In-vivo Antidiabetic activity of Alcoholic and Aqueous Extract of Nymphaea lotus in Rat Model

Inventi Rapid: Ethnopharmacology 03/2011; 2011(3).

ABSTRACT The hypoglycemic activity of the ethanolic extract was evaluated in alloxan induced
diabetic rats by single dose of 100mg/kg body weight. Antihyperglycemic activity of the
extract was also evaluated at the same dose levels in alloxan monohydrate (80mg/kg s.c.)
induced diabetic rats during a 15 days treatment period. Glibenclamide (4.5mg/kg) was used
as the reference drug. Fasting blood glucose and sarum parameters triglycerides, total
cholesterol, HDL cholesterol levels were measured acute oral toxicity of theNymphaea
lotus rhizome extract was carried out in swiss albino mice. In diabetic rats, ethanolic extract
showed a significant (P<0.05) decreased the blood glucose level in a dose dependent manner
during the 15 days of the treatment period. In the acute oral toxicity study, Nymphaea
lotus showed no mortality. The present investigation shows that Nymphaea lotus rhizome has
potential anti diabetic effects.

Download full-text


Available from: Arshed Iqbal Dar, Mar 14, 2015
70 Reads
  • [Show abstract] [Hide abstract]
    ABSTRACT: We have presented and reviewed evidence for the heterogeneous nature of diabetes mellitus in terms of genetics, environmental factors, insulin responses to glucose and vascular disease. We have reviewed evidence for heterogeneity between juvenile-onset diabetes (JOD) and maturity-onset diabetes (MOD) and maturity-onset diabetes of young (MODY) and for heterogeneity within groups of JOD and MOD and MODY patients. Although much remains to be learned, a beginning has been made and suggests that primary diabetes mellitus is not a single specific disease but a syndrome comprised of a variety of diseases all characterized by hyperglycemia and tissue changes that result from heterogeneous etiologic and pathogenetic factors. Future classifications of primary diabetes mellitus will undoubtedly be lengthy, as are for other diseases and syndromes also caused by a variety of etiologic and pathogenetic mechanisms.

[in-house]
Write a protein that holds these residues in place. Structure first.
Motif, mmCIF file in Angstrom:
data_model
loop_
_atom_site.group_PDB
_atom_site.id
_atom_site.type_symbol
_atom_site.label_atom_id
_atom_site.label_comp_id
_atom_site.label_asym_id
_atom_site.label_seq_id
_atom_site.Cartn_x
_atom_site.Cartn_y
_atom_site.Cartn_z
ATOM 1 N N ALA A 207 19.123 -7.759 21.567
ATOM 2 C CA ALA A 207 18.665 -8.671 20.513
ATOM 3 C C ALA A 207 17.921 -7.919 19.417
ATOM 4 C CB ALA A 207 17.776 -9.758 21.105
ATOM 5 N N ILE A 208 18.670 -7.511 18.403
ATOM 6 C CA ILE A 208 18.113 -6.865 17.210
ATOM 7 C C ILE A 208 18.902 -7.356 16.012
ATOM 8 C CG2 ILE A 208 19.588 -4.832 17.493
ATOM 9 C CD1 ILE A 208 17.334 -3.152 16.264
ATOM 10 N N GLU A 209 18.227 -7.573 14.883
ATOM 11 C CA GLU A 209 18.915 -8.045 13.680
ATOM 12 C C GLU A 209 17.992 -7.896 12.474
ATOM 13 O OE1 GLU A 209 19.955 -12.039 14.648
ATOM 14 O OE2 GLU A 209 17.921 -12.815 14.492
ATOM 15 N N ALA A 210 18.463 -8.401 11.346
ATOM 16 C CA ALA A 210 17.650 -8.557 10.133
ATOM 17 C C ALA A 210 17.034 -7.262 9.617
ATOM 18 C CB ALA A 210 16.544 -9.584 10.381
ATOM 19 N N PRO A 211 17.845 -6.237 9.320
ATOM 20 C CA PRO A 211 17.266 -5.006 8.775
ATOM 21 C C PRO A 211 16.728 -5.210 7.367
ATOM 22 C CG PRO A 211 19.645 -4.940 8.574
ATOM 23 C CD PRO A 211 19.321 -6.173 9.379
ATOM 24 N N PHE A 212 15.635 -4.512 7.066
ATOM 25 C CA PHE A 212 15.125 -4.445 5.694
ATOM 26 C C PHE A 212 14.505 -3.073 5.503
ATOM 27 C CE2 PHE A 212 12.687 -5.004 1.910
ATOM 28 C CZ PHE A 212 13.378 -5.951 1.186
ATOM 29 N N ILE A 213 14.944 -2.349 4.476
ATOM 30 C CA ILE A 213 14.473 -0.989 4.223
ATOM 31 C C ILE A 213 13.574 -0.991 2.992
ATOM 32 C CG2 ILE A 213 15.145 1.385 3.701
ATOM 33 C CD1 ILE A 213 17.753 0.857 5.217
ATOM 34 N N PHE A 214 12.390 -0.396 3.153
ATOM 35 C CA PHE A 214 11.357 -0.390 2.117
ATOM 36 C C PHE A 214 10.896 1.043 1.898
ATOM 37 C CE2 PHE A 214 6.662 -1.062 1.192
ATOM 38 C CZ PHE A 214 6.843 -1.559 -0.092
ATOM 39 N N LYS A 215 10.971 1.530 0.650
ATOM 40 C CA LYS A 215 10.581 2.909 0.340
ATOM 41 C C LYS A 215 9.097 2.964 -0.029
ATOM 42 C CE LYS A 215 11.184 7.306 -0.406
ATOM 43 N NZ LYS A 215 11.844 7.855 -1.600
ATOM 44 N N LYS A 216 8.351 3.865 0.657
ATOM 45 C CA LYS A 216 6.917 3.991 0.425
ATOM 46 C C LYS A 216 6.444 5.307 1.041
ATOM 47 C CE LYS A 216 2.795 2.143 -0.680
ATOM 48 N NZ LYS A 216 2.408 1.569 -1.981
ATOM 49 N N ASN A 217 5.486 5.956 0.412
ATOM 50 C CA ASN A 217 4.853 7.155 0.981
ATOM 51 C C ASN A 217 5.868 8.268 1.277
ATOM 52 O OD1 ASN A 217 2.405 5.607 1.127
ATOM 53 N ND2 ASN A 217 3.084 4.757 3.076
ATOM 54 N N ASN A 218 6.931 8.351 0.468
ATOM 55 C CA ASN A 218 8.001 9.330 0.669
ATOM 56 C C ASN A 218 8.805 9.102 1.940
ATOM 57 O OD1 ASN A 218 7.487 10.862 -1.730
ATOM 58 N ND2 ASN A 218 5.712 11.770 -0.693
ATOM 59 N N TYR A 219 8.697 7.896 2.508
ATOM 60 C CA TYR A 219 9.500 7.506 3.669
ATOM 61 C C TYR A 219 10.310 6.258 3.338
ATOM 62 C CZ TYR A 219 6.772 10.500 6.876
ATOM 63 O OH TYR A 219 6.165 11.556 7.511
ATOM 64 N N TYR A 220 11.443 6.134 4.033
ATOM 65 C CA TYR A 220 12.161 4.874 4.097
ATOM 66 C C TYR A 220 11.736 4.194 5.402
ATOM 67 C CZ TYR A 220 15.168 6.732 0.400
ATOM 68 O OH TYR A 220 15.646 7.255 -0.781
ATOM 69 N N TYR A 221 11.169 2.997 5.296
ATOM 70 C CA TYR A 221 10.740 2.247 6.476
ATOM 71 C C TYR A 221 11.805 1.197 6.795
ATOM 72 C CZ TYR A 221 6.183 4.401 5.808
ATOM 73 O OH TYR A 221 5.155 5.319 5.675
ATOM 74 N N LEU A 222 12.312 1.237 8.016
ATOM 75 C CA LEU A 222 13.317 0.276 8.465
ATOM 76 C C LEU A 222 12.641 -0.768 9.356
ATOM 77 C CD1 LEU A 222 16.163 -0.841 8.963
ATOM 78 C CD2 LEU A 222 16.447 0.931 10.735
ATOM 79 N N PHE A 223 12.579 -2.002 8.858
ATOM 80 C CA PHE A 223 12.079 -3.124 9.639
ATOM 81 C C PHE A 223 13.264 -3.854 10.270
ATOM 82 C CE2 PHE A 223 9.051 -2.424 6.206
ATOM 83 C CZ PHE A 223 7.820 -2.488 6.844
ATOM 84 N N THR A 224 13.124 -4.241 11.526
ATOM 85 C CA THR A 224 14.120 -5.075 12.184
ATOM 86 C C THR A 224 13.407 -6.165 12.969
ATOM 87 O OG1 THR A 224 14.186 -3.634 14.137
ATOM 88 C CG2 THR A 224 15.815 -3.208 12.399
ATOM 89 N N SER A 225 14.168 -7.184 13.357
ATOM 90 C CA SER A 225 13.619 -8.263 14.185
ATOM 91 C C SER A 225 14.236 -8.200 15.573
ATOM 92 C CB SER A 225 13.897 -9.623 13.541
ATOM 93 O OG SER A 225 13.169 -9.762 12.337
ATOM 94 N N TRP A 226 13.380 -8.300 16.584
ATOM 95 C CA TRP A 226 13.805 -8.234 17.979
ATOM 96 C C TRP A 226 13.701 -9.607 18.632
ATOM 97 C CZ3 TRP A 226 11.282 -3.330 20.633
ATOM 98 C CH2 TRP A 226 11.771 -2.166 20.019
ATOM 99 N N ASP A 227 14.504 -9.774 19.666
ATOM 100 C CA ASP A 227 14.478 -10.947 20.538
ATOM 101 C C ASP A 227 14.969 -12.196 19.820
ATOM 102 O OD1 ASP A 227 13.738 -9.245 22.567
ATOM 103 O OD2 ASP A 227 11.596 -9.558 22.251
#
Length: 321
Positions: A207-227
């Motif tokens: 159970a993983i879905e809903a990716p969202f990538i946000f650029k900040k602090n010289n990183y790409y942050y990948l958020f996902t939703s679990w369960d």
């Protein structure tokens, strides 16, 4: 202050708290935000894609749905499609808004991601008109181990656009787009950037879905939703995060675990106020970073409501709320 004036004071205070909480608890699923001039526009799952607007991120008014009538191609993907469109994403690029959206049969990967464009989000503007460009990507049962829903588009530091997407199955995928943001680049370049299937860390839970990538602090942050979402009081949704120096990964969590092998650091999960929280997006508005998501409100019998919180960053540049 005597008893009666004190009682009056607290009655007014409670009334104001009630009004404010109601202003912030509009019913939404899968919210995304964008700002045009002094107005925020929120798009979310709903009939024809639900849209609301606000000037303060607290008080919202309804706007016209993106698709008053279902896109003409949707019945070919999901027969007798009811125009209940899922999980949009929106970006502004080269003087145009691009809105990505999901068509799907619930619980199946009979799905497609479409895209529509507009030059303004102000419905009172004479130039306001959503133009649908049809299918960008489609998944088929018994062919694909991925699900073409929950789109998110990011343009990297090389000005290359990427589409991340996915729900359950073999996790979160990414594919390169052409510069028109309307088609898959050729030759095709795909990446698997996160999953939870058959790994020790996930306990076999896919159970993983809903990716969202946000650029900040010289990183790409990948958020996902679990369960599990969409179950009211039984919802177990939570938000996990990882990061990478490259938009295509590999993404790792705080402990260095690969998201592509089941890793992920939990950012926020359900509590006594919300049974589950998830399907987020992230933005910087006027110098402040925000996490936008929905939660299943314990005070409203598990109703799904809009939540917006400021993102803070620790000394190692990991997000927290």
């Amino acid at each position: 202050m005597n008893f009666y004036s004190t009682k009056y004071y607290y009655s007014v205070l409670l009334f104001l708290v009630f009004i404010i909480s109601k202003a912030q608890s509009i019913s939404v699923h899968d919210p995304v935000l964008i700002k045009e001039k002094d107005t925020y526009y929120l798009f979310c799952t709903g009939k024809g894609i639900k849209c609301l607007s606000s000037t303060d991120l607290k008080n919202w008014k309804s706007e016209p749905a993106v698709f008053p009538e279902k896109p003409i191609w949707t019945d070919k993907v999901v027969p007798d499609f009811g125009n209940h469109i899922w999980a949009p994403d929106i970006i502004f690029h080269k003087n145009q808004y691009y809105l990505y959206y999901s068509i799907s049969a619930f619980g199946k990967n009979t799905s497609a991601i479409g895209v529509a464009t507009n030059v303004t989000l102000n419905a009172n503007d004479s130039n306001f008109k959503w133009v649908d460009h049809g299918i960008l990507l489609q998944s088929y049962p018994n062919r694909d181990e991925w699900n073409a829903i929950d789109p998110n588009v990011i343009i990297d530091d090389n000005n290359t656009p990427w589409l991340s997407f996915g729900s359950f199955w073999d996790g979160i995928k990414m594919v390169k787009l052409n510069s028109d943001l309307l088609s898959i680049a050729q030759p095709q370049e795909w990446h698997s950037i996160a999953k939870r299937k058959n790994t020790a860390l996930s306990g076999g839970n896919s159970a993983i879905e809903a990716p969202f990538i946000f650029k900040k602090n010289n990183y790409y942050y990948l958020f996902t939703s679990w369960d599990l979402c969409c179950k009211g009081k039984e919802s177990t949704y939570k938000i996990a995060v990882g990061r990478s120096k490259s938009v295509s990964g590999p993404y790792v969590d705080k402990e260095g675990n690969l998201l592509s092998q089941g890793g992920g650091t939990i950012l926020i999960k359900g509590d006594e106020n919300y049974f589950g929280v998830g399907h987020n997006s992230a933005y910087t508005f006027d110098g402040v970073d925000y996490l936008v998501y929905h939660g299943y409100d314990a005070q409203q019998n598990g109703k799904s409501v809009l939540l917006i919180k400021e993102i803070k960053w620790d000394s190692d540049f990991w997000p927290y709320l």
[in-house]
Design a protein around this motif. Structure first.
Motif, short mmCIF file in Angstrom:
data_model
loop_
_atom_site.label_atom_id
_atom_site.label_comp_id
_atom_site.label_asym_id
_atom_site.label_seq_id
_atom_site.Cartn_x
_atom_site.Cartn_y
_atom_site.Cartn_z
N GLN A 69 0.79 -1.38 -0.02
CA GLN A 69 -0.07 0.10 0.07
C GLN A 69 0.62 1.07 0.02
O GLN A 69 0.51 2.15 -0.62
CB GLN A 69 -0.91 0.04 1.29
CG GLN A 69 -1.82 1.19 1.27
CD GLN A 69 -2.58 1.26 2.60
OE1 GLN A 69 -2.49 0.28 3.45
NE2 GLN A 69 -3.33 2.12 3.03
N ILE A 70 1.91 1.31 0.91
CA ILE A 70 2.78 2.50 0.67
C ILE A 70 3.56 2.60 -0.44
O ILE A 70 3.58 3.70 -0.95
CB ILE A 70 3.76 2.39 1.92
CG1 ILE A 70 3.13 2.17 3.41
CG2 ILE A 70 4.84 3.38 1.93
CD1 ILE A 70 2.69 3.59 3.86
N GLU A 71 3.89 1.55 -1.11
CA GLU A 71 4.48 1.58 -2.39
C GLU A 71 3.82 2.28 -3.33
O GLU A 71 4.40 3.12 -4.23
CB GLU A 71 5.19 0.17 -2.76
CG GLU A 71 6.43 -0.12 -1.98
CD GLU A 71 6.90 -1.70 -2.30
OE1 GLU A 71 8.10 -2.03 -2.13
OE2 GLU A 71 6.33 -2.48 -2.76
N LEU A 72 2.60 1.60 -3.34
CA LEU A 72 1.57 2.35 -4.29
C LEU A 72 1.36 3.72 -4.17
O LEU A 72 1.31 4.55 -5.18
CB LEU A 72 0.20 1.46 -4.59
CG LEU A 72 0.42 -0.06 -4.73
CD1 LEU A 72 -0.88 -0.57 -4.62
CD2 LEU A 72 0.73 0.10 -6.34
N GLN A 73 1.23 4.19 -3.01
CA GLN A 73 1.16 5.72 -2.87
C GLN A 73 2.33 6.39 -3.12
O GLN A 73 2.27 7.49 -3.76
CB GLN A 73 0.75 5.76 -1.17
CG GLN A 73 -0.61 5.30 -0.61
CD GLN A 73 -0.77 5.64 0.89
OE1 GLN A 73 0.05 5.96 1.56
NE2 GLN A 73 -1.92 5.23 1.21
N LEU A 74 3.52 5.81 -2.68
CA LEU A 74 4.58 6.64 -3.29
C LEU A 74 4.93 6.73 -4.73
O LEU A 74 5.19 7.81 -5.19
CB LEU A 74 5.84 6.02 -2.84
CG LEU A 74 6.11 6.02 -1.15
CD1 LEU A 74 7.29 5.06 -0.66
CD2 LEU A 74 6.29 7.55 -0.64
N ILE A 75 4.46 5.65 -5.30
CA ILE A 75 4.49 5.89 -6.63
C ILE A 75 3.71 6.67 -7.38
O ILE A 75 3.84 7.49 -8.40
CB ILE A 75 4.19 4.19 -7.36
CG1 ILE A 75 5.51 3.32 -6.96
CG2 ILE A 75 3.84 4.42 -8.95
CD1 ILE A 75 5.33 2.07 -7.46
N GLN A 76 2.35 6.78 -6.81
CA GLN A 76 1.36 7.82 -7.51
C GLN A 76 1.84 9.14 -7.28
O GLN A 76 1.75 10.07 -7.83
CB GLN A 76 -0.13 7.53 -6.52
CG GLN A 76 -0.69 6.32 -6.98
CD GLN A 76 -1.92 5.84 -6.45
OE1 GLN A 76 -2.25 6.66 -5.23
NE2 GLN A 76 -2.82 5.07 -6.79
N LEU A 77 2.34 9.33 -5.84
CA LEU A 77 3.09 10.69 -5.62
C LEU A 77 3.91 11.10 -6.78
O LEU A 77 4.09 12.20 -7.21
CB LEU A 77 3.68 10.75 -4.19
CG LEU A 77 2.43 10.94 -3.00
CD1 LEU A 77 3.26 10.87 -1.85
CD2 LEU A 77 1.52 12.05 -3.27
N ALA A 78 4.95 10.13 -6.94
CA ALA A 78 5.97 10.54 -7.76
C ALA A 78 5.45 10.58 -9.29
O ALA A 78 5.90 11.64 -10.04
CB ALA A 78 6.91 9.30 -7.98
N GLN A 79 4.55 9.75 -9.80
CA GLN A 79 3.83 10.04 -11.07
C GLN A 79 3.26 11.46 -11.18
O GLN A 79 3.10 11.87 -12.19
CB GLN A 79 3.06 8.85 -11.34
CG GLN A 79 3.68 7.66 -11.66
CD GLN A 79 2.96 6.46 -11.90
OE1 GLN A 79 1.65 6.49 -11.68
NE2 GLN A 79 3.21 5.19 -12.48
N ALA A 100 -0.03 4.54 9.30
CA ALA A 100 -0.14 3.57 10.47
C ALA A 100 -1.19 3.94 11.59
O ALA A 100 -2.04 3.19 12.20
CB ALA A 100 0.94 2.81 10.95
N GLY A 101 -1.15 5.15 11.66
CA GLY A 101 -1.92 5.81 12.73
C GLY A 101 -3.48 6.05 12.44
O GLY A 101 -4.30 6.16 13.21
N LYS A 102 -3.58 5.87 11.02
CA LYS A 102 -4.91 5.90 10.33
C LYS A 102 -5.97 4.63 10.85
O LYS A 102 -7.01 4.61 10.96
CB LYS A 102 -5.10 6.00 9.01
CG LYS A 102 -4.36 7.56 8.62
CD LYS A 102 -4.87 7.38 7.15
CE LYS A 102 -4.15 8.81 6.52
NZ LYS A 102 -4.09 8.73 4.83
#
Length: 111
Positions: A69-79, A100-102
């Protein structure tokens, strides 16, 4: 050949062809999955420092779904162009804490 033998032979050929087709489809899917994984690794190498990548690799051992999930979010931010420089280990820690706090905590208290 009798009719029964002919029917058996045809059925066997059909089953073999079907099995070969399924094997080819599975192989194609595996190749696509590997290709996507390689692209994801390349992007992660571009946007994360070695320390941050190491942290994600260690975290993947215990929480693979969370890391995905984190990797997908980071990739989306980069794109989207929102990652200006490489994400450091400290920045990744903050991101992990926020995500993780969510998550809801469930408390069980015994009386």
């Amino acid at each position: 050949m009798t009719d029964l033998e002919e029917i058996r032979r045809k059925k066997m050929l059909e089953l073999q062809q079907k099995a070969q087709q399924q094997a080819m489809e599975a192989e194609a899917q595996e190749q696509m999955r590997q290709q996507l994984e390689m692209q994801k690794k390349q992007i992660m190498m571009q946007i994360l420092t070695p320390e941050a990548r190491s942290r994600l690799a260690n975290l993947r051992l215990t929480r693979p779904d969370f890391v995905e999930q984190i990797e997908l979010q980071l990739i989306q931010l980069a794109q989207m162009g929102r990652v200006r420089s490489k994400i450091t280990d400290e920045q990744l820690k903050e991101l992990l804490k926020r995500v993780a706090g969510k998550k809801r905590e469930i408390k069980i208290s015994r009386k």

Schweizerische medizinische Wochenschrift 01/1980; 109(46):1774-85. · 2.09 Impact Factor
  • Source
    [Show abstract] [Hide abstract]
    ABSTRACT: This study aimed to investigate the hypoglycemic effect of Elaeocarpus grandiflorus water extract in alloxan-induced diabetic rats. Chronic effects of the extract on plasma glucose, lipids, blood biochemistry, some drug-metabolizing enzymes and internal organ weights were also studied. Diabetes was induced in Wistar rats by subcutaneous injection of alloxan. After being confirmed as diabetic, the animals were orally administered with distilled water or the extract at 0.0001, 0.001 or 0.01 g/kg body weight (BW) daily for 30 days. The results showed that hypoglycemic effect of the extract was dose-dependently observed on day 7. The glucose lowering effect was also continuously observed at the highest dose until the second week. The diabetic rats treated with the extract at 0.0001 and 0.001 g/kg BW possessed greater alanine aminotransferase (ALT) activity than the diabetic control rats. The diabetic rats treated with the extract at 0.001 g/kg BW possessed increased plasma triglyceride compared with the diabetic control rats. The diabetic control rats tended to possess decreased aminopyrine-N-demethylase (APD) activity. Insulin or the extract could not reverse the enzyme activity to the baseline value. However, the aniline hydroxylase (AH) activities were unchanged in all groups. The diabetic-induced BW lost was minimized by the extract. Studies for long-term effects of the extract on internal organ weights revealed that the normal rats treated with extract at 0.01 g/kg BW possessed increased weights of heart and pancreas. The extract at 0.001 g/kg BW significantly reduced the diabetic effect on the kidney and liver weights but failed to return them to the baseline values. The extract at 0.01 g/kg BW significantly reversed the heart and lung weights to the normal values. It is concluded that E. grandiflorus water extract possesses a hypoglycemic effect. The use of the extract should not be longer than two consecutive weeks. A close follow-up for any possible toxicity should be performed during the chronic use of E. grandiflorus.
  • Journal of Pharmaceutical Sciences 03/1966; 55(3):225 - 276. DOI:10.1002/jps.2600550302 · 2.59 Impact Factor